Lasallian conference highlighted social justice

Benjamin Browning, Guest Column, Abp. Rummel

The Lasallian Youth Assembly, or LYA, is a weeklong gathering of Lasallian students ranging from San Francisco to New Orleans.

LYA served to help its students engage in their school’s Lasallian heritage, get to know other Lasallians from all over the country and grow in their own faith while centered on a theme of social justice.

Throughout the week, the attendees learned about the problems, both legal and moral, within the justice system. Some of the more focused-on problems were those caused by the 13th Amendment. Students watched documentaries, met with speakers and even took a trip to Angola, the Louisiana State Penitentiary, to learn about these problems.

Another topic widely discussed throughout LYA was service, one of the Lasallian five core principles. Although tropical storm Cindy disrupted plans to go into the community and do service work, students discussed different ways they participate in service and how to get more involved within their communities.

Each day at LYA began and ended with a prayer service led by a different school in attendance. Then we would go to a talk about the topic of the day. From there we all broke into groups and began the activity of the day.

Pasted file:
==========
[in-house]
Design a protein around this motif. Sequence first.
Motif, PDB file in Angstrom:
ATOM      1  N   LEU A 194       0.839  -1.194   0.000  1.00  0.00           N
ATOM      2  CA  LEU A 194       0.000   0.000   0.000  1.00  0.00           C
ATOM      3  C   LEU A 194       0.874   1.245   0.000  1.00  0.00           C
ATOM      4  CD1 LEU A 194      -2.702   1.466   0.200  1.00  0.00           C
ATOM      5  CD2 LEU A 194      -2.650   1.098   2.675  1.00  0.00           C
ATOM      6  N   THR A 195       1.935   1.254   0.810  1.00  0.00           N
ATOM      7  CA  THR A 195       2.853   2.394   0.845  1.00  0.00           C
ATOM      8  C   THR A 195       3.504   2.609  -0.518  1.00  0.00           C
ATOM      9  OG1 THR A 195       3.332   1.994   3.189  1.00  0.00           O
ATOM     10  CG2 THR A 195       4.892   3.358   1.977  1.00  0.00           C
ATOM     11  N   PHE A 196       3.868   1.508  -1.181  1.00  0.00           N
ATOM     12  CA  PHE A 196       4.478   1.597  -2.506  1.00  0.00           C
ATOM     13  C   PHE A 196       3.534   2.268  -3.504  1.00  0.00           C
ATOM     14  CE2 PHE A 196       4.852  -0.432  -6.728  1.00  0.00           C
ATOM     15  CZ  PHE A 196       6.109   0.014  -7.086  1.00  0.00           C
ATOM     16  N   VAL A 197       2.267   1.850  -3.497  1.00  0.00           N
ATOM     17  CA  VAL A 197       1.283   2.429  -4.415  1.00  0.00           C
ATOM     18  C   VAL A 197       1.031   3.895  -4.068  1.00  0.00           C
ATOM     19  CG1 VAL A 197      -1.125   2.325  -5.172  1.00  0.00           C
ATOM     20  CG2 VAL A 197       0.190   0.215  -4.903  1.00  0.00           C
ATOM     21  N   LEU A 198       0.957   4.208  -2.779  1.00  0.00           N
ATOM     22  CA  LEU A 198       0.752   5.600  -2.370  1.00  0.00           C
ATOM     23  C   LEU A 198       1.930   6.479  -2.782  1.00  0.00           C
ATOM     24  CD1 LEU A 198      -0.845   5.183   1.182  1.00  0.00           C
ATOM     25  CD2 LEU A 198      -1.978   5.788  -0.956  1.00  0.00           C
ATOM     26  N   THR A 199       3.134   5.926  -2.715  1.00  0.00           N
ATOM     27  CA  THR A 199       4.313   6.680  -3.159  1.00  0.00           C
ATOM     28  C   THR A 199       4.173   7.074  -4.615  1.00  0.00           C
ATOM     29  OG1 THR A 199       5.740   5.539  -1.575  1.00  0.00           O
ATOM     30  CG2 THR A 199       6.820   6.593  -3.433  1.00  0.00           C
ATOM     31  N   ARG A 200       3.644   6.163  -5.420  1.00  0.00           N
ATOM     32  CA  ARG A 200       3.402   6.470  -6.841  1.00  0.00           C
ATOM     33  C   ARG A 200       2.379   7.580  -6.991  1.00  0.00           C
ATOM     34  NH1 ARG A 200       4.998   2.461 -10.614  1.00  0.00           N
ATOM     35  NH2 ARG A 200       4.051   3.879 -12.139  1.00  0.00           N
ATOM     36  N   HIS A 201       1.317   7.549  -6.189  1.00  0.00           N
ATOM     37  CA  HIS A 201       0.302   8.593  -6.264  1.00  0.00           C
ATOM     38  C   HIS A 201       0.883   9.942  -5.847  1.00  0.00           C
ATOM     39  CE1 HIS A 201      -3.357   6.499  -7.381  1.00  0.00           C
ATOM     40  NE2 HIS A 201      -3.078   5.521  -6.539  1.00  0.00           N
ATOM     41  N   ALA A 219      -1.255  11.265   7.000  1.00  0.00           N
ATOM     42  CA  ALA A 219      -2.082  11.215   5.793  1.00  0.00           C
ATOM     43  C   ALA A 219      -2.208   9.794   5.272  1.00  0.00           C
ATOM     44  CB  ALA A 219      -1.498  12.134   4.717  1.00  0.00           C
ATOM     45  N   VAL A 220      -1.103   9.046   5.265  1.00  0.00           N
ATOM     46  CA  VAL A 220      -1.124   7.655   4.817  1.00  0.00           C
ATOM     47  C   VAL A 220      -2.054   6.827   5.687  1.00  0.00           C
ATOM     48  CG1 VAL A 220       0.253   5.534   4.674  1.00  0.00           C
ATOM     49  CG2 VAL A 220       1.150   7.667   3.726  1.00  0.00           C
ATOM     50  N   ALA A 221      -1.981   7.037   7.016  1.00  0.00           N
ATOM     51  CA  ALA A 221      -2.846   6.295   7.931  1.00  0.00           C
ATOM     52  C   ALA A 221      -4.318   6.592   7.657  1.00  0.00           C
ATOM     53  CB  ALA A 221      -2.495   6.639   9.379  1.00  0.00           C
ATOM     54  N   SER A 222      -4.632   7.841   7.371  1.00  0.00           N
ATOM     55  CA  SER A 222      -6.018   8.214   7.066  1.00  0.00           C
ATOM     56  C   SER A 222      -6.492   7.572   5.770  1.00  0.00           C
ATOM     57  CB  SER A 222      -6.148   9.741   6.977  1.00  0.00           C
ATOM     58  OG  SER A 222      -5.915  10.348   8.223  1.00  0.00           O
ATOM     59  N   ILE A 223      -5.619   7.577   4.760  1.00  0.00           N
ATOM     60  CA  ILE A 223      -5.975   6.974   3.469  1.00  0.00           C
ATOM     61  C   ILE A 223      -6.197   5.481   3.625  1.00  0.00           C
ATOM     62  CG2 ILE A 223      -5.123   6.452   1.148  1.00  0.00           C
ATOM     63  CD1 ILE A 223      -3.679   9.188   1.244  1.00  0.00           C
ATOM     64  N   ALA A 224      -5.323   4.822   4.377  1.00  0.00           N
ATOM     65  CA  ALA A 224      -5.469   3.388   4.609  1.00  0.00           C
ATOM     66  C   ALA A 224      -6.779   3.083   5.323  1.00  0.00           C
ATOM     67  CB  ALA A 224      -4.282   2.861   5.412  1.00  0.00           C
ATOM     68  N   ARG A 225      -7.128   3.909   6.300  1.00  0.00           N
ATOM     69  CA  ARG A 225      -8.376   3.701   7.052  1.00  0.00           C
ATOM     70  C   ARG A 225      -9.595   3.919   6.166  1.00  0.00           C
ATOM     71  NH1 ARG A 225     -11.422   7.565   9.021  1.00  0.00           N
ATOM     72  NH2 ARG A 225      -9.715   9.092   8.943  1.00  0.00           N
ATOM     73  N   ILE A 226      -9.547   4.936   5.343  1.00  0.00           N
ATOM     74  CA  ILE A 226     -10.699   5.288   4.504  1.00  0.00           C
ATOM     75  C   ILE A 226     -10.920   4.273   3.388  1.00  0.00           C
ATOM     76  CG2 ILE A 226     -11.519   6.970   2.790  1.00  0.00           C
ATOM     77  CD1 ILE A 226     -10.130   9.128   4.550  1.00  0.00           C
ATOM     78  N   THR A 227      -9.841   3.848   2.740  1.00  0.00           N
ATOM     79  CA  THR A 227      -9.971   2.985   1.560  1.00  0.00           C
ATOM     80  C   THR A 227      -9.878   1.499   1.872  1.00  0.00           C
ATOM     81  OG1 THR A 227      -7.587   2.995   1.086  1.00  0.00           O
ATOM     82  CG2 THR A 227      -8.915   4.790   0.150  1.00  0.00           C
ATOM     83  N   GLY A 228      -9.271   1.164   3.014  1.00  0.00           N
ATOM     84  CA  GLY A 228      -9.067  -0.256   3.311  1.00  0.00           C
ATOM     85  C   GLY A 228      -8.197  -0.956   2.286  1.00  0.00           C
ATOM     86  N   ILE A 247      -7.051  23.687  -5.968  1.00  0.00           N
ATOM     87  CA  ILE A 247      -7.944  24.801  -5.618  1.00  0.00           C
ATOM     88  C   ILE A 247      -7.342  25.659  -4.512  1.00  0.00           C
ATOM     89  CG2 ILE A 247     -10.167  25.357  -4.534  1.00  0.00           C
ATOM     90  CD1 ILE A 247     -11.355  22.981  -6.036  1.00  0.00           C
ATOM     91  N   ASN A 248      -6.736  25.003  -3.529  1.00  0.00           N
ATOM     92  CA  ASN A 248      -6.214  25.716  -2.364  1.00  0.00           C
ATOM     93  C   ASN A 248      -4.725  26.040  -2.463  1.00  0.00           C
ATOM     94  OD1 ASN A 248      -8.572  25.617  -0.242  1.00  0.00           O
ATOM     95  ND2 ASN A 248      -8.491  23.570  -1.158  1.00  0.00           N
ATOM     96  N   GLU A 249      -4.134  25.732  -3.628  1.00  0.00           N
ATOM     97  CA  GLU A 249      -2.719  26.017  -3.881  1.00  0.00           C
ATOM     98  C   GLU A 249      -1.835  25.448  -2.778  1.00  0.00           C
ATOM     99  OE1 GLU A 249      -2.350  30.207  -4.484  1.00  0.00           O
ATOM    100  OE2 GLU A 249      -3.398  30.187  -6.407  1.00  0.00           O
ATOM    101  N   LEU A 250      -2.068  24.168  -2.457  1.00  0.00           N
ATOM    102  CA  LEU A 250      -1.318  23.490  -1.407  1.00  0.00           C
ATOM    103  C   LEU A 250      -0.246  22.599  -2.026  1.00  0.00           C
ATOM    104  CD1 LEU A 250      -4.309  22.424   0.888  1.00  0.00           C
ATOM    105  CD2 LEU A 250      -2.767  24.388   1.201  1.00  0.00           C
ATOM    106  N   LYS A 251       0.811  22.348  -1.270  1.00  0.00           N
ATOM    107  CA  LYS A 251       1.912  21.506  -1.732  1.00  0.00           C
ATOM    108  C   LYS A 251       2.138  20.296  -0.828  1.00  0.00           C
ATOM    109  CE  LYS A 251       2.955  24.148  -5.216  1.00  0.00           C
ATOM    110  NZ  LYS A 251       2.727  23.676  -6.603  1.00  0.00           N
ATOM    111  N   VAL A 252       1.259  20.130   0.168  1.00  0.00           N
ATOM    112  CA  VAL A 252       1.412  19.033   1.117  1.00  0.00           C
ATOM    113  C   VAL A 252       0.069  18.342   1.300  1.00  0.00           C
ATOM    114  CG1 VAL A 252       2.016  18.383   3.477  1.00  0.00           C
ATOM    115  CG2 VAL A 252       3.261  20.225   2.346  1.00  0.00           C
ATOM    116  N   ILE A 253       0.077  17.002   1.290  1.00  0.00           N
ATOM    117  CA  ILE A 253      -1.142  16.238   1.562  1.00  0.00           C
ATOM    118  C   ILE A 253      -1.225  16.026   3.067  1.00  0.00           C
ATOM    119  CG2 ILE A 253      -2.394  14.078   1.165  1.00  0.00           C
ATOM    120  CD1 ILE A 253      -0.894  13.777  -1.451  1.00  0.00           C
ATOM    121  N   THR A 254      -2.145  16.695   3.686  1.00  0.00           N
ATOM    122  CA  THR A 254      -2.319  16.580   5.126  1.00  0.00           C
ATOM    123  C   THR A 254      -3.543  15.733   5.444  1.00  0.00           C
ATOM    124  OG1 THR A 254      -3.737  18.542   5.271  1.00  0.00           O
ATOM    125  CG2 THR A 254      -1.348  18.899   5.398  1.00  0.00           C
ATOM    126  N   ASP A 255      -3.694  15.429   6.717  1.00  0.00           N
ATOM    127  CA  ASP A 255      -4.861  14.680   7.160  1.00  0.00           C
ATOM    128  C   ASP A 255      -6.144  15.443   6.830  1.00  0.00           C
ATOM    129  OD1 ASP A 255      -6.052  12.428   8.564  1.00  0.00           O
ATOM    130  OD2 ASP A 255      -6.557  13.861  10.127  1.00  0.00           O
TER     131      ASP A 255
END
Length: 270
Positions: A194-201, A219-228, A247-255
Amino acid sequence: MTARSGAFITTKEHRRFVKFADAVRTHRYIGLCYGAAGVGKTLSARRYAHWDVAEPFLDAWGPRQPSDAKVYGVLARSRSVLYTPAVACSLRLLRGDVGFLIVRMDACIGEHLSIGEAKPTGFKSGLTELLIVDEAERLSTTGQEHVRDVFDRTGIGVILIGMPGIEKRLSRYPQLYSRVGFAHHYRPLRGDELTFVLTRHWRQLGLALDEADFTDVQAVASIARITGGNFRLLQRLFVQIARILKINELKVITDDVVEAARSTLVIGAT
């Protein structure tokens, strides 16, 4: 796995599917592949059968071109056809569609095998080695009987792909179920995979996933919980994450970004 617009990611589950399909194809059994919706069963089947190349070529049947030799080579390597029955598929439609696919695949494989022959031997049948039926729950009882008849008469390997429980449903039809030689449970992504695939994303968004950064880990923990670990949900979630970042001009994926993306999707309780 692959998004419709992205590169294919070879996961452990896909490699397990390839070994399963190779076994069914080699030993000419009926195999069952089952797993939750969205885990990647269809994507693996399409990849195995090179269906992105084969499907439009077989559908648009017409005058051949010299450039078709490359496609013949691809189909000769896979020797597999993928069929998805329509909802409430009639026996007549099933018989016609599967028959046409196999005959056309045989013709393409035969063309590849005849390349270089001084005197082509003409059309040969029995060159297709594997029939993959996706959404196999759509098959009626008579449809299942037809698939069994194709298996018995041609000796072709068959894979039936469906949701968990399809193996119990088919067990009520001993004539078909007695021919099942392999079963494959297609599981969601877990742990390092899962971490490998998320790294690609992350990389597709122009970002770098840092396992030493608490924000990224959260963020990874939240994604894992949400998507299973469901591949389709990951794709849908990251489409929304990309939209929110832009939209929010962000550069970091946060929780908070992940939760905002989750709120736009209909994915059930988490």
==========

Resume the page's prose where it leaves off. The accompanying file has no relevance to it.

On the third day the group took a trip to the Louisiana State Penitentiary to get a hands-on, close-up experience of the topics we were discussing. It was amazing and shocking at the same time. To see these men, some of whom had made just one small mistake, working in fields to pay off a life sentence was a memorable experience and a great way to make the topics we were discussing real and applicable to our lives.

The next few days focused on service and community time. We took time to get to know our fellow participants as well as New Orleans by taking a trip to the French Quarter. The week ended with Mass, the same way it began.

LYA truly allowed its students to grow close with each other by sharing both similar and very different cultures. Students got to engage in activities to grow in their faith, meet people with similar beliefs and share ideas.

Benjamin Browning is a junior at Archbishop Rummel High School in Metairie.

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